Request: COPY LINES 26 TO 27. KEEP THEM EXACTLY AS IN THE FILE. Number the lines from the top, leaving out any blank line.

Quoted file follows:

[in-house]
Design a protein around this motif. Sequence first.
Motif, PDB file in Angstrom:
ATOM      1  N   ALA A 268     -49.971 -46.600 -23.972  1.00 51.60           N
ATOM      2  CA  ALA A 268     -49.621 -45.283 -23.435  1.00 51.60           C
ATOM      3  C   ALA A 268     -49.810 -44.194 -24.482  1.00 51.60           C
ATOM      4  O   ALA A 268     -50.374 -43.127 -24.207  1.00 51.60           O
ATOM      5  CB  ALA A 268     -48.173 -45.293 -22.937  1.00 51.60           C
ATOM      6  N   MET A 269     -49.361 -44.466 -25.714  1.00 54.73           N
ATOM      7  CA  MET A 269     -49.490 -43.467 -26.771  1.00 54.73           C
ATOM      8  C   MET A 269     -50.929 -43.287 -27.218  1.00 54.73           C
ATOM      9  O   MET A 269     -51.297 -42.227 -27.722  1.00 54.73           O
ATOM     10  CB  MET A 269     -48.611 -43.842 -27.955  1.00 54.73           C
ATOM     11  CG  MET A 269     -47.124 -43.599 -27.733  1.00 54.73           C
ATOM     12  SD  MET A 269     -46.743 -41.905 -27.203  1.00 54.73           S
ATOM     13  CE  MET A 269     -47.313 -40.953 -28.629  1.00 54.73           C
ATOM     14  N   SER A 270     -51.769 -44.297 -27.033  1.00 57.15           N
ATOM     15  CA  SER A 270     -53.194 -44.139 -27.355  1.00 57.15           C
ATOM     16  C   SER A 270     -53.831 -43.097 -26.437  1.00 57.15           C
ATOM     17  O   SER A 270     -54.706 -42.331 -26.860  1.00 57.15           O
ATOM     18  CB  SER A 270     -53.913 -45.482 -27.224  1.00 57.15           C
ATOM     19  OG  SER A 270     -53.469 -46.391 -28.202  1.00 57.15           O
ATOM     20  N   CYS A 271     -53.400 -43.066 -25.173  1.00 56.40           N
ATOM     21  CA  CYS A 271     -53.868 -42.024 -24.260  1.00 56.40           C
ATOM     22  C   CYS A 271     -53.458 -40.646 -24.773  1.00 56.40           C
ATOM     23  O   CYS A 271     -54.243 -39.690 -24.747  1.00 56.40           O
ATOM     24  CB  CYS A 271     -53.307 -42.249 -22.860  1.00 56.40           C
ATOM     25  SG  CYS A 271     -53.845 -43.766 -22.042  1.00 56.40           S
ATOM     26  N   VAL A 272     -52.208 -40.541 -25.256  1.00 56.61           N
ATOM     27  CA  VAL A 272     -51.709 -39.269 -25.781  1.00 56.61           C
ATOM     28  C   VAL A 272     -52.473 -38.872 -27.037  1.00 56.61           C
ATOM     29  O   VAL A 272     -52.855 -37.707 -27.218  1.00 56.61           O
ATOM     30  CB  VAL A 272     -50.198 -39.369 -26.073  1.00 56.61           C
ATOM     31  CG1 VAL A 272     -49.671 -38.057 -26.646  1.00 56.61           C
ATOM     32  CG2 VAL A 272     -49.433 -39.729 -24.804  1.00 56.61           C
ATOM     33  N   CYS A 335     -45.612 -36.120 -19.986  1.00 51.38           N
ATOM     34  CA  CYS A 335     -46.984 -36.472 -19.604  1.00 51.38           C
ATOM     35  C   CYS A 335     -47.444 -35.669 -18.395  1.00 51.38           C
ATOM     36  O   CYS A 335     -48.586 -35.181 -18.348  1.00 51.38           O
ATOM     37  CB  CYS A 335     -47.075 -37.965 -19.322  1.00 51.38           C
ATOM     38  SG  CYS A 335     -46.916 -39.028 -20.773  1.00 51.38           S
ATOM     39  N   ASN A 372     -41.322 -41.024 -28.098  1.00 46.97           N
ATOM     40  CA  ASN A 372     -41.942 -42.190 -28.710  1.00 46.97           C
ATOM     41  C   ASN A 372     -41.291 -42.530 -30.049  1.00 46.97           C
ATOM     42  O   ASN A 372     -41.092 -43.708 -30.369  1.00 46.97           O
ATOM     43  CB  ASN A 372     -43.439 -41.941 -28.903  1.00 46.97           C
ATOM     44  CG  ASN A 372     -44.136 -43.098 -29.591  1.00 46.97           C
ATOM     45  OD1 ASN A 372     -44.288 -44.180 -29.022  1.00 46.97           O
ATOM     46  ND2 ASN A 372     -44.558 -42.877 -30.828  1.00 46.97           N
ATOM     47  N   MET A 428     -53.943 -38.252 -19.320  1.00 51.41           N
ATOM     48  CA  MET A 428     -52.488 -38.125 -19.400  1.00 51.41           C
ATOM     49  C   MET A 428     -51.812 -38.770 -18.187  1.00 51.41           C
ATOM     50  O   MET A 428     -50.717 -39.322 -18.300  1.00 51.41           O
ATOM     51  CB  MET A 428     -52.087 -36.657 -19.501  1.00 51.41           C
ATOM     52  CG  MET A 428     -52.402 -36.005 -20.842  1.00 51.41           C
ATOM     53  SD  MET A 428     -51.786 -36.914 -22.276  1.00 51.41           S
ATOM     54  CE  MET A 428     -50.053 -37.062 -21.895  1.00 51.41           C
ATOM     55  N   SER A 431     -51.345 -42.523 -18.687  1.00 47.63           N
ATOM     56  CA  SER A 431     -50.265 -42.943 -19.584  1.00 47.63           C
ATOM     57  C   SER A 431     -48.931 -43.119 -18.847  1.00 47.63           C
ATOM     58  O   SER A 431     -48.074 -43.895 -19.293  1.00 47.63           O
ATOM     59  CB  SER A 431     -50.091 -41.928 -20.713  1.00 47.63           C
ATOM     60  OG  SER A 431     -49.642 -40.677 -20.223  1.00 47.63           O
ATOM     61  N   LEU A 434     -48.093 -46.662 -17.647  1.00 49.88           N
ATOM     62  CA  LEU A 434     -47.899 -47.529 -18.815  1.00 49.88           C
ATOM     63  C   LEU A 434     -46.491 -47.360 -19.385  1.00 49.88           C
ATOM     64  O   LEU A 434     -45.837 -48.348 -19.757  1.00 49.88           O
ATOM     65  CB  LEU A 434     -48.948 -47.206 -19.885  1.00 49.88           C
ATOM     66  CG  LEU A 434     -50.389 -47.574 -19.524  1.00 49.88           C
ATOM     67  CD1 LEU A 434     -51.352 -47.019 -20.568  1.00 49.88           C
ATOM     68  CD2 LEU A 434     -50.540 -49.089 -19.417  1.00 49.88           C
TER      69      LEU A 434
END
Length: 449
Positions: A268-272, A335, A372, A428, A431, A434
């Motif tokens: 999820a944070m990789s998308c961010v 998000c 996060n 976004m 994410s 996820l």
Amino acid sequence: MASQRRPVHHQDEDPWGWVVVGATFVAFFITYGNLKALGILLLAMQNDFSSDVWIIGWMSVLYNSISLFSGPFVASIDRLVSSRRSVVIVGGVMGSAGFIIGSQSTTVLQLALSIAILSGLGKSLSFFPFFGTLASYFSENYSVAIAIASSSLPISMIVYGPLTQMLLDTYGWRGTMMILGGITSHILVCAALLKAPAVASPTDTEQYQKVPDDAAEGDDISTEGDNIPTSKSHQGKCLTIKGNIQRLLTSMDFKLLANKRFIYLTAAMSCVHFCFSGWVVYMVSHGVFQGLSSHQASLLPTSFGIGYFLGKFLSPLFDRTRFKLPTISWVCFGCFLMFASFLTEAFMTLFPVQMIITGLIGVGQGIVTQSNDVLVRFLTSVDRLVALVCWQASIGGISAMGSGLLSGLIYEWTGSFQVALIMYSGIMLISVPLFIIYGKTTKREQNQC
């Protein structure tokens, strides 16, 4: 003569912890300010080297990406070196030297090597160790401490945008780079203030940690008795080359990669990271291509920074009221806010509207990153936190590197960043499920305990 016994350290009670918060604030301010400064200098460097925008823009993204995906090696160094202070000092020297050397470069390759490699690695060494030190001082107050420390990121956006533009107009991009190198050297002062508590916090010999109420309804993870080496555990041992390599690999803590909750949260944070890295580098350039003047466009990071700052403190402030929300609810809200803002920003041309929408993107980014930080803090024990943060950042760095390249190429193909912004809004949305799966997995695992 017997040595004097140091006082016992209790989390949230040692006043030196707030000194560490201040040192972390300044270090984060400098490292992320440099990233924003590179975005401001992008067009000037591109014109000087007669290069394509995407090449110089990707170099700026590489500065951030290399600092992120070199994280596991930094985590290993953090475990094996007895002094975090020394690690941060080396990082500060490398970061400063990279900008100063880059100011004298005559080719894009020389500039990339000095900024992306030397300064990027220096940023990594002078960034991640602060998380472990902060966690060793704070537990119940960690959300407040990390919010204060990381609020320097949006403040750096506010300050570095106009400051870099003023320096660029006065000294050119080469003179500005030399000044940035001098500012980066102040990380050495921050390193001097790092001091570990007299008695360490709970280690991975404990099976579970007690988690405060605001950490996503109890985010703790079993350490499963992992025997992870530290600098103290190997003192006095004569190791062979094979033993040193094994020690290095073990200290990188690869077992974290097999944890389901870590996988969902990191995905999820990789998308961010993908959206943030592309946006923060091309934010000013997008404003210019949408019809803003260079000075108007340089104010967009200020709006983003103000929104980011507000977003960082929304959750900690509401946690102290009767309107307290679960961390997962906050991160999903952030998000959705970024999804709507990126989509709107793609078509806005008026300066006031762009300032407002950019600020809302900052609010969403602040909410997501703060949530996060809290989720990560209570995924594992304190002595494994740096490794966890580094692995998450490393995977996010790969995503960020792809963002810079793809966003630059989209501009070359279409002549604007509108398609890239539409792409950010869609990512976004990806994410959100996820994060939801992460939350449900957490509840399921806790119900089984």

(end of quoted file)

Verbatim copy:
ATOM     23  O   CYS A 271     -54.243 -39.690 -24.747  1.00 56.40           O
ATOM     24  CB  CYS A 271     -53.307 -42.249 -22.860  1.00 56.40           C